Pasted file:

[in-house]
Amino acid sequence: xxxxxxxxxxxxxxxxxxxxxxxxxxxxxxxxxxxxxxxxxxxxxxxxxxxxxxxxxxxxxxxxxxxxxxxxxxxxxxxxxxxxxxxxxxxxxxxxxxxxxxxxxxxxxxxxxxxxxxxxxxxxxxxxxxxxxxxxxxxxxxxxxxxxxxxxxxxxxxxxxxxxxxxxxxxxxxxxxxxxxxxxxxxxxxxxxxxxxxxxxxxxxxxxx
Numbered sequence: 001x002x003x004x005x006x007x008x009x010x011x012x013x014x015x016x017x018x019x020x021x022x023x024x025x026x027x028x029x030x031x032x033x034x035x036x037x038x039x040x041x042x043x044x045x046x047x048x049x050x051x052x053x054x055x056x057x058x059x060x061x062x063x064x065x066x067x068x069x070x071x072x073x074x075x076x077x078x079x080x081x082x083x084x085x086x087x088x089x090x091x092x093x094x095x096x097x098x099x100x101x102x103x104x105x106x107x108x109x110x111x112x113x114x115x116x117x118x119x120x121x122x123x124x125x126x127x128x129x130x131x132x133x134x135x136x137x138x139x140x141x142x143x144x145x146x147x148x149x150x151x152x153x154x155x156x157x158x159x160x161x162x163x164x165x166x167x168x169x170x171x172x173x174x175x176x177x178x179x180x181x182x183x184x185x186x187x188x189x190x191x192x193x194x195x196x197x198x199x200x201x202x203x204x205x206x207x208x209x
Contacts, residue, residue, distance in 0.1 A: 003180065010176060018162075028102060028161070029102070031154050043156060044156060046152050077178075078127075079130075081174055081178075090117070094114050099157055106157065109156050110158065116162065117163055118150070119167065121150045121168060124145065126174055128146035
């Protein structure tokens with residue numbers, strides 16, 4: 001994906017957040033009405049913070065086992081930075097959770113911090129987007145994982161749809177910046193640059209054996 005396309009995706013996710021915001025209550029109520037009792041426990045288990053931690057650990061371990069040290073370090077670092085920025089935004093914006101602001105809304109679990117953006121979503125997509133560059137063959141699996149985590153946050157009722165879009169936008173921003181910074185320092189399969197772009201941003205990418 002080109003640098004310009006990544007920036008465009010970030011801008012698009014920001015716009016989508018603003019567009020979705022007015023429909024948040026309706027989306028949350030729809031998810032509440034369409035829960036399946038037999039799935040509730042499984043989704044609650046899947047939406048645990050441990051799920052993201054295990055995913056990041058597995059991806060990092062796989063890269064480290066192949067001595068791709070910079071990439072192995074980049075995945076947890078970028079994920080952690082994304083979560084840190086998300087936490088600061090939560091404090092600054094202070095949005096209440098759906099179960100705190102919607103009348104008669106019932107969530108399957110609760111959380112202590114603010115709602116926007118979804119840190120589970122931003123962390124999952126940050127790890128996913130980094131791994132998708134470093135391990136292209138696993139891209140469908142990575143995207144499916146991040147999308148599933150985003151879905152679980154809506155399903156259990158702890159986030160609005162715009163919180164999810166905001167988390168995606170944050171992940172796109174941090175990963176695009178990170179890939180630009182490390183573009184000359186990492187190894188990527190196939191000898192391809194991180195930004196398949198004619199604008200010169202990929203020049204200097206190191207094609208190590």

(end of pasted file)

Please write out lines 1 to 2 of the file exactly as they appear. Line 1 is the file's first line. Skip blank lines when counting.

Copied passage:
[in-house]
Amino acid sequence: xxxxxxxxxxxxxxxxxxxxxxxxxxxxxxxxxxxxxxxxxxxxxxxxxxxxxxxxxxxxxxxxxxxxxxxxxxxxxxxxxxxxxxxxxxxxxxxxxxxxxxxxxxxxxxxxxxxxxxxxxxxxxxxxxxxxxxxxxxxxxxxxxxxxxxxxxxxxxxxxxxxxxxxxxxxxxxxxxxxxxxxxxxxxxxxxxxxxxxxxxxxxxxxxx